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Why OPEC might decide to take a break from its alliance with Russia

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An Austrian policemen stands outside of the exterior of OPEC, which reads "Organization of the Petroleum Exporting Countries."

The relationship between Russia and the Organization of the Petroleum Exporting Countries has always been contentious. Joe Klamar/AFP via Getty Images

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Tomorrow, members of OPEC+ will meet to set oil production targets for the first time since the European Union agreed to a partial ban on Russian oil.

OPEC+ includes all 13 countries that are members of the Organization of the Petroleum Exporting Countries, plus 10 non-OPEC countries. That latter group includes Russia, one of the world’s top oil exporters. 

There are murmurings, according to The Wall Street Journal, that some of the countries involved are considering barring Russia from participating in setting production targets. 

The relationship between Russia and OPEC has always been contentious. Even though it isn’t an official member of OPEC, Russia has been working with the cartel to set how much oil gets onto the market since the middle of last decade. 

“Both the Saudis and the Russians have been keen to say that they see strategic value here,” said Mark Finley, fellow in energy and global oil at Rice University’s Baker Institute.

That value, Finley said, rests partly on the fact that the Saudis and the Russians produce the second-most and third-most oil in the world, behind the U.S. Their partnership carries a lot of pricing power — and sometimes the alliance has looked like a good geopolitical bet, too.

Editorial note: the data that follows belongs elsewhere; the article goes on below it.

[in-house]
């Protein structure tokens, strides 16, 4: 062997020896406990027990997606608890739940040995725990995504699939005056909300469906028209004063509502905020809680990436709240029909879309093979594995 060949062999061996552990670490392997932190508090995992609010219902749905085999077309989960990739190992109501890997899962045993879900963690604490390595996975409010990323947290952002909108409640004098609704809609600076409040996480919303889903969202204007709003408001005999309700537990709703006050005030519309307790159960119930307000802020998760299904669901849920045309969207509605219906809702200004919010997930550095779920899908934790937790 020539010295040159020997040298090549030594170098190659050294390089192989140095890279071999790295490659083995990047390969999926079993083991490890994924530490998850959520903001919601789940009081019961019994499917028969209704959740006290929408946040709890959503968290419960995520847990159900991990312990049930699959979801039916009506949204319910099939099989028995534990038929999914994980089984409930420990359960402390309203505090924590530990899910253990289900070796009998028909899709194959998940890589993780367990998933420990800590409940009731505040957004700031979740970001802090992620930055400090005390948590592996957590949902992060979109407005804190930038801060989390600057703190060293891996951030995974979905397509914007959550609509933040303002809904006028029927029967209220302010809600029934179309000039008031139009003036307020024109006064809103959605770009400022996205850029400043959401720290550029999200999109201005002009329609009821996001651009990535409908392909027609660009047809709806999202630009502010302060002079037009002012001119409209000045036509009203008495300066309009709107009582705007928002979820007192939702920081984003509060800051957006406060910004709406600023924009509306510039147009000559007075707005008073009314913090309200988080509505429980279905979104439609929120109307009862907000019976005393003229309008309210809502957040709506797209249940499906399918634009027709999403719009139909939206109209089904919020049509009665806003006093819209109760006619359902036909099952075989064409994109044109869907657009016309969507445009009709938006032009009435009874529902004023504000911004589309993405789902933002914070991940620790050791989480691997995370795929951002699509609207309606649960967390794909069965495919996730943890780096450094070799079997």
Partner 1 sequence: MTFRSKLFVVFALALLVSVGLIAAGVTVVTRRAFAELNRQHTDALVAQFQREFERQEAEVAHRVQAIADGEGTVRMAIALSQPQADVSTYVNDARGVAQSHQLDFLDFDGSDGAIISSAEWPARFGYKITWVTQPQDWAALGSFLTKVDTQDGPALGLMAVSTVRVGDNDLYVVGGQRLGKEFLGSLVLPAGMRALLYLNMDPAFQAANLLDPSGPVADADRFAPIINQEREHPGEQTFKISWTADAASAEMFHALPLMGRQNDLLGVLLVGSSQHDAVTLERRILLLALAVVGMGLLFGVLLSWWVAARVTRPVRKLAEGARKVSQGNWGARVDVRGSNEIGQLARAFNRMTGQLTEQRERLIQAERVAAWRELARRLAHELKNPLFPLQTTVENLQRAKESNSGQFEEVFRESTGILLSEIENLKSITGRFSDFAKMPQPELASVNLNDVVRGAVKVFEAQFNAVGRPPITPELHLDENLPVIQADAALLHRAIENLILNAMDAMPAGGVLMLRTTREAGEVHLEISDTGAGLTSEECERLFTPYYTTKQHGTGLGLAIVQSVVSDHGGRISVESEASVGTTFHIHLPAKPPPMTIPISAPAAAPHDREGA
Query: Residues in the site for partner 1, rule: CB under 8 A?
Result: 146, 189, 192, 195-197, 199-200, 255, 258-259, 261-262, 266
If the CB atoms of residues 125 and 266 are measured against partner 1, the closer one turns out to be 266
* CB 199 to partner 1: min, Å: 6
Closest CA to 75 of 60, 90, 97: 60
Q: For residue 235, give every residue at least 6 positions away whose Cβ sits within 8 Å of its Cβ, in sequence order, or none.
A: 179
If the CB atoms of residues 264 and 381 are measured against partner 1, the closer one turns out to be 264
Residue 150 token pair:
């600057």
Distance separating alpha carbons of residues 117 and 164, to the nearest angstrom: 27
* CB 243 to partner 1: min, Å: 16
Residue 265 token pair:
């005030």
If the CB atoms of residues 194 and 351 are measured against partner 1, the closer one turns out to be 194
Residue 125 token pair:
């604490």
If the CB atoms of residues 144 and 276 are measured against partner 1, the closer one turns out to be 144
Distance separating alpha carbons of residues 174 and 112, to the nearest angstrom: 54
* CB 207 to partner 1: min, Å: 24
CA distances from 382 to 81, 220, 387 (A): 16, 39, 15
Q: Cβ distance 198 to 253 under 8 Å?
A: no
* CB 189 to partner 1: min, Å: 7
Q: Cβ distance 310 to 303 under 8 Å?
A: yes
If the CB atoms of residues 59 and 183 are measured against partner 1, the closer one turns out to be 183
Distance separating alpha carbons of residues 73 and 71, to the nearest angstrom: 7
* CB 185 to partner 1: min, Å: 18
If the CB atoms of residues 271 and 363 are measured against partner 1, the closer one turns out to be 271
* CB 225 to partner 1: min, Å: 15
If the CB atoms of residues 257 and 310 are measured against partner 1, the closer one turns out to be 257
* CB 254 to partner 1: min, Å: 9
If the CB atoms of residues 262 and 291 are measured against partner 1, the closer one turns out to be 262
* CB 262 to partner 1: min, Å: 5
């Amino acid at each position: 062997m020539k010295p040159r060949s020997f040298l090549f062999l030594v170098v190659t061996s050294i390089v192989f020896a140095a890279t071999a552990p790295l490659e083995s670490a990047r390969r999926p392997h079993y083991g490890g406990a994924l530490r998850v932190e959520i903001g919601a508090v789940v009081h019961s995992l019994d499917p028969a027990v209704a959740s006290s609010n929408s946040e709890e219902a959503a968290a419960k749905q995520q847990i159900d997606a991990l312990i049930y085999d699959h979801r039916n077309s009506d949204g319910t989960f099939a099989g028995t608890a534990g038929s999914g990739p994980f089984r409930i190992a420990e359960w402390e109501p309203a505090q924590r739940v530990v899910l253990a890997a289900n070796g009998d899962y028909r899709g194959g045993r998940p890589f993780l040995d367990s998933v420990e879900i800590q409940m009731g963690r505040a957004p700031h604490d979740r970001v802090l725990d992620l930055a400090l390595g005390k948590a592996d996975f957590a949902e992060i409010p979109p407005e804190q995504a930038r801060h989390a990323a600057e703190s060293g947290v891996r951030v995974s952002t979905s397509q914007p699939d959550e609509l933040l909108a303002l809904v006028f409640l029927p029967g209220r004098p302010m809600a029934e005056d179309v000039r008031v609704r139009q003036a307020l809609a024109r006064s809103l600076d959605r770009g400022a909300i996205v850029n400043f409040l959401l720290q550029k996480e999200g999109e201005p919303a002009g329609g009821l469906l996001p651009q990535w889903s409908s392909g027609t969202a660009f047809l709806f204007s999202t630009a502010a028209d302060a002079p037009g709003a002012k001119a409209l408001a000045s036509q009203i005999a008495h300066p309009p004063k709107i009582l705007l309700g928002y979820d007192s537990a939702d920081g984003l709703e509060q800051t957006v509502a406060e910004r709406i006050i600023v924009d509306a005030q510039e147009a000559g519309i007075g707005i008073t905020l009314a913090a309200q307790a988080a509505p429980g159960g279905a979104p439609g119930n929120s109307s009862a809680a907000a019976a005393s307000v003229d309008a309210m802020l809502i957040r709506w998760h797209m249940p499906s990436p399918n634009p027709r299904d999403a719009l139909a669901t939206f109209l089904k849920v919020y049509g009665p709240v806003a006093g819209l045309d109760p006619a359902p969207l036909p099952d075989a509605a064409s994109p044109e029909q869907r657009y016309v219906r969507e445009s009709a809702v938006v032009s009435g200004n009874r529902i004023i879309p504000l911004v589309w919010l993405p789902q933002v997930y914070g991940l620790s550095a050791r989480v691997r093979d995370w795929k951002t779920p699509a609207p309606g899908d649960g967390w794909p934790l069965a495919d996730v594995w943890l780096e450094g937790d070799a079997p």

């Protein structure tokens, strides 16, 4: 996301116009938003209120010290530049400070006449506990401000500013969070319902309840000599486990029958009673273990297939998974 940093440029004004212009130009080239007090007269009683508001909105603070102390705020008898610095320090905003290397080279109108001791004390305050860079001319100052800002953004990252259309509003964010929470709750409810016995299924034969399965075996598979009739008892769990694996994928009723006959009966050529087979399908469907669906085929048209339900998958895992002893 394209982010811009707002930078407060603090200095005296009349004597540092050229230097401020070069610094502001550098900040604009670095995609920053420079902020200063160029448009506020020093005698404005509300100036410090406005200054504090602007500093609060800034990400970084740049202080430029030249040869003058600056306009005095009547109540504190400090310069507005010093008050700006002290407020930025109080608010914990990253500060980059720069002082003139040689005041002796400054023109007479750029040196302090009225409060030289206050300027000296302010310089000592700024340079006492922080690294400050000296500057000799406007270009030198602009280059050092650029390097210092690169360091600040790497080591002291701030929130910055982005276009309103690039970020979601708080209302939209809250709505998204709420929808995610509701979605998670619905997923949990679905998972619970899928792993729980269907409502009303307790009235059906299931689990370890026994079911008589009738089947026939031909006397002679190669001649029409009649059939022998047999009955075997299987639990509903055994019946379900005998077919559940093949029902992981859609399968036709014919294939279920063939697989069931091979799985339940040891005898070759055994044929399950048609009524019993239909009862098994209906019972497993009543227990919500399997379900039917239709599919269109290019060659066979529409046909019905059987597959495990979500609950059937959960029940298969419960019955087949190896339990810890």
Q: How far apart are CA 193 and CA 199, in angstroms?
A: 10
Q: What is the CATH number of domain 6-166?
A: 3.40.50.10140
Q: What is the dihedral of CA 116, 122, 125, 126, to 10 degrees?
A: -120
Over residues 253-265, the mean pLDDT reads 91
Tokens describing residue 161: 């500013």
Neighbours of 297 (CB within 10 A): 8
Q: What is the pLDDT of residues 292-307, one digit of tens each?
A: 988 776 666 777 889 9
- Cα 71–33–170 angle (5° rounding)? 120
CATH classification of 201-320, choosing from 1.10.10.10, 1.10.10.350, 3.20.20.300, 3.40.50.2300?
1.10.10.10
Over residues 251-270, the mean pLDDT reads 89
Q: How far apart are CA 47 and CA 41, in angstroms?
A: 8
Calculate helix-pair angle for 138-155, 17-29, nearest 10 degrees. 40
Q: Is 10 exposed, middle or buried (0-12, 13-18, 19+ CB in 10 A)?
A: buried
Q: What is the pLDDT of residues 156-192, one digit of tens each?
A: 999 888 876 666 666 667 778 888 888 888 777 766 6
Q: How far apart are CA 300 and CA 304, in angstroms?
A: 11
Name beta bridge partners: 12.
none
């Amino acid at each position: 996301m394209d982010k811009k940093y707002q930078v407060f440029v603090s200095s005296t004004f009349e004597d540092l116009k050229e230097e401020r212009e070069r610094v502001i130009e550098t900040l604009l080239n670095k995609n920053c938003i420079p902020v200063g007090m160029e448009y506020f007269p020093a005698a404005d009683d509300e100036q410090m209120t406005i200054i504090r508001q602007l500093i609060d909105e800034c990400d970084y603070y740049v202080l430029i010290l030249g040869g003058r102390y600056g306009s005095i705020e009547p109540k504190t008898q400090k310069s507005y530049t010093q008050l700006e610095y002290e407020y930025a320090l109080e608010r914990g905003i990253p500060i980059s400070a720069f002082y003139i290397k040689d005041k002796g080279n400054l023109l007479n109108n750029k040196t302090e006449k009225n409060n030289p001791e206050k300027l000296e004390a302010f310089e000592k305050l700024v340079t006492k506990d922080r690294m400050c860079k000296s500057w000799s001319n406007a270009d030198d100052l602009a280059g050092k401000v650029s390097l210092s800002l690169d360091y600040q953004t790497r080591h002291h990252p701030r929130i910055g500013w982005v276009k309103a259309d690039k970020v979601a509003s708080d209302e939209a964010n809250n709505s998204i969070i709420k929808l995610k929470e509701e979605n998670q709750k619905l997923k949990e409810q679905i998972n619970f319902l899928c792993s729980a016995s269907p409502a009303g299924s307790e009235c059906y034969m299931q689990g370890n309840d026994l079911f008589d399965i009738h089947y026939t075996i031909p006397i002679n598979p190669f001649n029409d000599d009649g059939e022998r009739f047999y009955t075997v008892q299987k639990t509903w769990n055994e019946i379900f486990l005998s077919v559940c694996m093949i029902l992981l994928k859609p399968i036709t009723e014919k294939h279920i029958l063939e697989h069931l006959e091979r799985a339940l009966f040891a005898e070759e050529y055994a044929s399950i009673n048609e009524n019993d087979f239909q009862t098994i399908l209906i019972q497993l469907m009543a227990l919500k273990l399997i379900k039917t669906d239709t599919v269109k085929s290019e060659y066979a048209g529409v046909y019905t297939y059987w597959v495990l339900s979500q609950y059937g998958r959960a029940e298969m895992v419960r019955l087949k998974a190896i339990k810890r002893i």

“And we’ve seen efforts, in fact, on both sides to at least pay lip service to the idea of expanding that strategic relationship beyond the tactical dimensions of cutting and managing oil production,” Finley said.

That is, until Russia invaded Ukraine, he added. Since then, Russia has been missing its oil production targets. And if it’s not hitting its quotas, it’s not of much use to OPEC, said Sara Vakhshouri, president of SVB Energy International.

“Because Russia cannot make its commitments — and also the policies of Russia are not in line with OPEC’s agreement — then it might be a perhaps a good solution for OPEC to have Russia out,” Vakhshouri said.

In the past, OPEC has exempted some countries under sanctions from meeting production targets, including Iraq in the 1990s and currently Iran, Libya and Venezuela. But, said Michael Lynch, a distinguished fellow at the Energy Policy Research Foundation, OPEC has to be careful if it’s going to distance itself from Russia.

“Unless they’re allowed a very graceful exit, I think it’s going to make it a lot harder to get their cooperation in the future,” he said. “And that could be a real problem for OPEC.”

If OPEC wants to cut production in the future to help regulate prices, Lynch added, Russia might just say no.

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